Newman, who died in September at age 83, set up camps for severely ill children and launched his Newman's Own foods line in 1983 on a lark - a joking venture that, to date, has raised $265 million for charities worldwide.
"The moment it made a profit, Paul said, 'Give it away, this wasn't supposed to happen,"' said Newman's Own Foundation President and CEO Robert Forrester, who accepted the award. "Connecticut was the soil in which he really planted his philanthropic enterprises."
Newman's wife, fellow Oscar-winning actress Joanne Woodward, did not attend the event.
Newman won one Oscar and took home two honorary ones, and had major roles in more than 50 motion pictures, including "Butch Cassidy and the Sundance Kid," "The Sting," "Slapshot" and "Absence of Malice."
Newman becomes the eighth member of the Connecticut Hall of Fame, established to honor current and former state residents who distinguish themselves in their profession and perform outstanding civic service.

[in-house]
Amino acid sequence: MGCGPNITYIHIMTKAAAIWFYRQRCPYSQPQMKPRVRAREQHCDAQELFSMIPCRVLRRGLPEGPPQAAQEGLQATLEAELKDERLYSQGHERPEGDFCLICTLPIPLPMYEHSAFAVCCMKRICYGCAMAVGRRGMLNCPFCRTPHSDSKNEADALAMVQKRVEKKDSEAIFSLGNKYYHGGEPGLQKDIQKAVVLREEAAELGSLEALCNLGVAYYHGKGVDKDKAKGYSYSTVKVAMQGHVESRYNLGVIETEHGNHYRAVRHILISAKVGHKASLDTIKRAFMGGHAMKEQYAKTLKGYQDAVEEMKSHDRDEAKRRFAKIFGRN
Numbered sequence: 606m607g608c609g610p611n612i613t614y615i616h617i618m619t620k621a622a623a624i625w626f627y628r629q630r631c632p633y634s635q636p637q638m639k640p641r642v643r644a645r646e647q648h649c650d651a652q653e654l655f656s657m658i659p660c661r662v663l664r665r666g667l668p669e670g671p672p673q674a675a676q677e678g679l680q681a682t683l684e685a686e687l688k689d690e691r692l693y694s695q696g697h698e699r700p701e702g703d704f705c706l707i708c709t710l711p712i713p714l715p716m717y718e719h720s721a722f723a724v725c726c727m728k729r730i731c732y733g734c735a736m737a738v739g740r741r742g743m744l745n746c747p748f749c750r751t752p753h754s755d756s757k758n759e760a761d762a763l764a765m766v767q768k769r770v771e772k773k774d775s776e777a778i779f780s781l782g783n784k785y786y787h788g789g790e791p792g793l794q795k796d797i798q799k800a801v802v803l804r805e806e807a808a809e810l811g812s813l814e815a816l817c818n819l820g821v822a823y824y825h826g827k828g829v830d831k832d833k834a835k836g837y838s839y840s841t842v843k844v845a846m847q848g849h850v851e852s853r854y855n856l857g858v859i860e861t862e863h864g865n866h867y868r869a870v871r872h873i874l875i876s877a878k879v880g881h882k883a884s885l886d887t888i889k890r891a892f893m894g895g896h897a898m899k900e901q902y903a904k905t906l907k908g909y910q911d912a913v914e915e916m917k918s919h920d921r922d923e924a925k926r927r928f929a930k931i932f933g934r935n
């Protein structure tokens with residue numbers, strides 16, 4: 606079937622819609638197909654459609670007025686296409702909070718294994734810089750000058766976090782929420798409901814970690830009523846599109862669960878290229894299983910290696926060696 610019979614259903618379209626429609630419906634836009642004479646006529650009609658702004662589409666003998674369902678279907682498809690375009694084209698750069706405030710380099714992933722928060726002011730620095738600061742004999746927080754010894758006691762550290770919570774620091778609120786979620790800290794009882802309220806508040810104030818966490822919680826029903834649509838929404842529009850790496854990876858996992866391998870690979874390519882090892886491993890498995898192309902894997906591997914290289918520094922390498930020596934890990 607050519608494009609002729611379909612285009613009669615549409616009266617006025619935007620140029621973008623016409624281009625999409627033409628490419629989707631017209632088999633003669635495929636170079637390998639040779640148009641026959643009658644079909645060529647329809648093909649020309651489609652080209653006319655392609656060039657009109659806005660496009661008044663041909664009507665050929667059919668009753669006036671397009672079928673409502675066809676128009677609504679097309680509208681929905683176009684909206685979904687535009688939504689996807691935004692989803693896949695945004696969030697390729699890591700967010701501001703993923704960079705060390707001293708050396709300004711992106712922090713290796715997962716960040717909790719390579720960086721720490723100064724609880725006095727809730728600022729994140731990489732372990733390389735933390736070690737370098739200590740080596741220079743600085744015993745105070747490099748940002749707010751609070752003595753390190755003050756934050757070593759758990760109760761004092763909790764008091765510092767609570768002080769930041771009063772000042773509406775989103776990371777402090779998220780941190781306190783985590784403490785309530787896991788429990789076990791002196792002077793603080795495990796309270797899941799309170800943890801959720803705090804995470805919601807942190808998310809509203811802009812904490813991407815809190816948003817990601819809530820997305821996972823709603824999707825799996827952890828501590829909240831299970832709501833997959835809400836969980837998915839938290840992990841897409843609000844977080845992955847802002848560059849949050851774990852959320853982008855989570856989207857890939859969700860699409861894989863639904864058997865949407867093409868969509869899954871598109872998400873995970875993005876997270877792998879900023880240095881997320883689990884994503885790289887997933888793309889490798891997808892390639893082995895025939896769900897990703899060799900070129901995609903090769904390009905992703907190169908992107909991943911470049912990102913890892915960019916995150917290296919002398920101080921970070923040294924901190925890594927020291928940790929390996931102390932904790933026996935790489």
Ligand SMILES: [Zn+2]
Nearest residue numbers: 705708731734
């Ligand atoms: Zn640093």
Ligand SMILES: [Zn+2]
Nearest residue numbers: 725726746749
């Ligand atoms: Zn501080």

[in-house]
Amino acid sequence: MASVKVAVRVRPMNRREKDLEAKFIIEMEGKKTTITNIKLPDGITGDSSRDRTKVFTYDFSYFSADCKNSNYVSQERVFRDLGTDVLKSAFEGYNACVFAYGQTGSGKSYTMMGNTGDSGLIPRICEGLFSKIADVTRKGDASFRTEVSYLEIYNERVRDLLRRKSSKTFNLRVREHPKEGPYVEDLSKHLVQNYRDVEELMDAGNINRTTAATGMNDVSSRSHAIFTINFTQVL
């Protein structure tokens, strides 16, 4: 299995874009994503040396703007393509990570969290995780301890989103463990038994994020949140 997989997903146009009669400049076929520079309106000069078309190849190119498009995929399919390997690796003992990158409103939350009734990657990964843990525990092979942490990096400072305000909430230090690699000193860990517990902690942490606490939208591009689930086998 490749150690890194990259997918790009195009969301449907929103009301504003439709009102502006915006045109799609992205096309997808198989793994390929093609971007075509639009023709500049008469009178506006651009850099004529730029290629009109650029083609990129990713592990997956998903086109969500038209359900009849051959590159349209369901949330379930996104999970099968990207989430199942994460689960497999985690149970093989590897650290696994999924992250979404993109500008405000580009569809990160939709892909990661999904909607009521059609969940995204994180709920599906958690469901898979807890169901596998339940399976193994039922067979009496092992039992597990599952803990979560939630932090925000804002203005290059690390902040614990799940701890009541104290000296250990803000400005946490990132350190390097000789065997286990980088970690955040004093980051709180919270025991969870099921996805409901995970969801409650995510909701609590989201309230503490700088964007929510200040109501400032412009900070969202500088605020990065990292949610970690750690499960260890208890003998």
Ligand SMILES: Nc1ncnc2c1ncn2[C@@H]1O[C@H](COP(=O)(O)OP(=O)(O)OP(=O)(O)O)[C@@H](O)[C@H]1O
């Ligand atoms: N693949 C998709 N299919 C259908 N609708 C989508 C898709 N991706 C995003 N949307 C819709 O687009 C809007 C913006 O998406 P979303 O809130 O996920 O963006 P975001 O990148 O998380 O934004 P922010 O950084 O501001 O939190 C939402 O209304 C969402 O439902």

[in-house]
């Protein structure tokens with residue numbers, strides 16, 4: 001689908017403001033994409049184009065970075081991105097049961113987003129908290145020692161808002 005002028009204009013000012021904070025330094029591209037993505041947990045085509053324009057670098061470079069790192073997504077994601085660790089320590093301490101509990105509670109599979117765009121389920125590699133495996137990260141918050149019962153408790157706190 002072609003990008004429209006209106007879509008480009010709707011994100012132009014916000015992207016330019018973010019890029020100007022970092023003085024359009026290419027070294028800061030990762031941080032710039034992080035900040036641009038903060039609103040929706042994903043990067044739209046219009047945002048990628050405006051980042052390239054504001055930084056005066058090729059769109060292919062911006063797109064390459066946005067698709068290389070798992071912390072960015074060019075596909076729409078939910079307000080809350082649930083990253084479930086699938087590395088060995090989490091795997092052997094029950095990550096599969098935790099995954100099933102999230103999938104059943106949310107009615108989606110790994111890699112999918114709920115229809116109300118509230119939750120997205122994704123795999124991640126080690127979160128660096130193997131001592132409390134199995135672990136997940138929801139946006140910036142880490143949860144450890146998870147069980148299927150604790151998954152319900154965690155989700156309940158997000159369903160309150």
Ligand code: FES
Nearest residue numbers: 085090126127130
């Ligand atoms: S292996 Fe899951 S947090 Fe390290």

In addition to Twain, Hepburn and Robinson, the other members include celebrated contralto singer Marian Anderson; aviation pioneer Igor Sikorsky; longtime business leader and United Technologies Corp. CEO Harry Gray; and the late Ralph Sturges, who was chief of the Mohegan Tribe when it secured federal recognition and opened its Mohegan Sun casino.
NEW YORK AND TRI-STATE AREA NEWS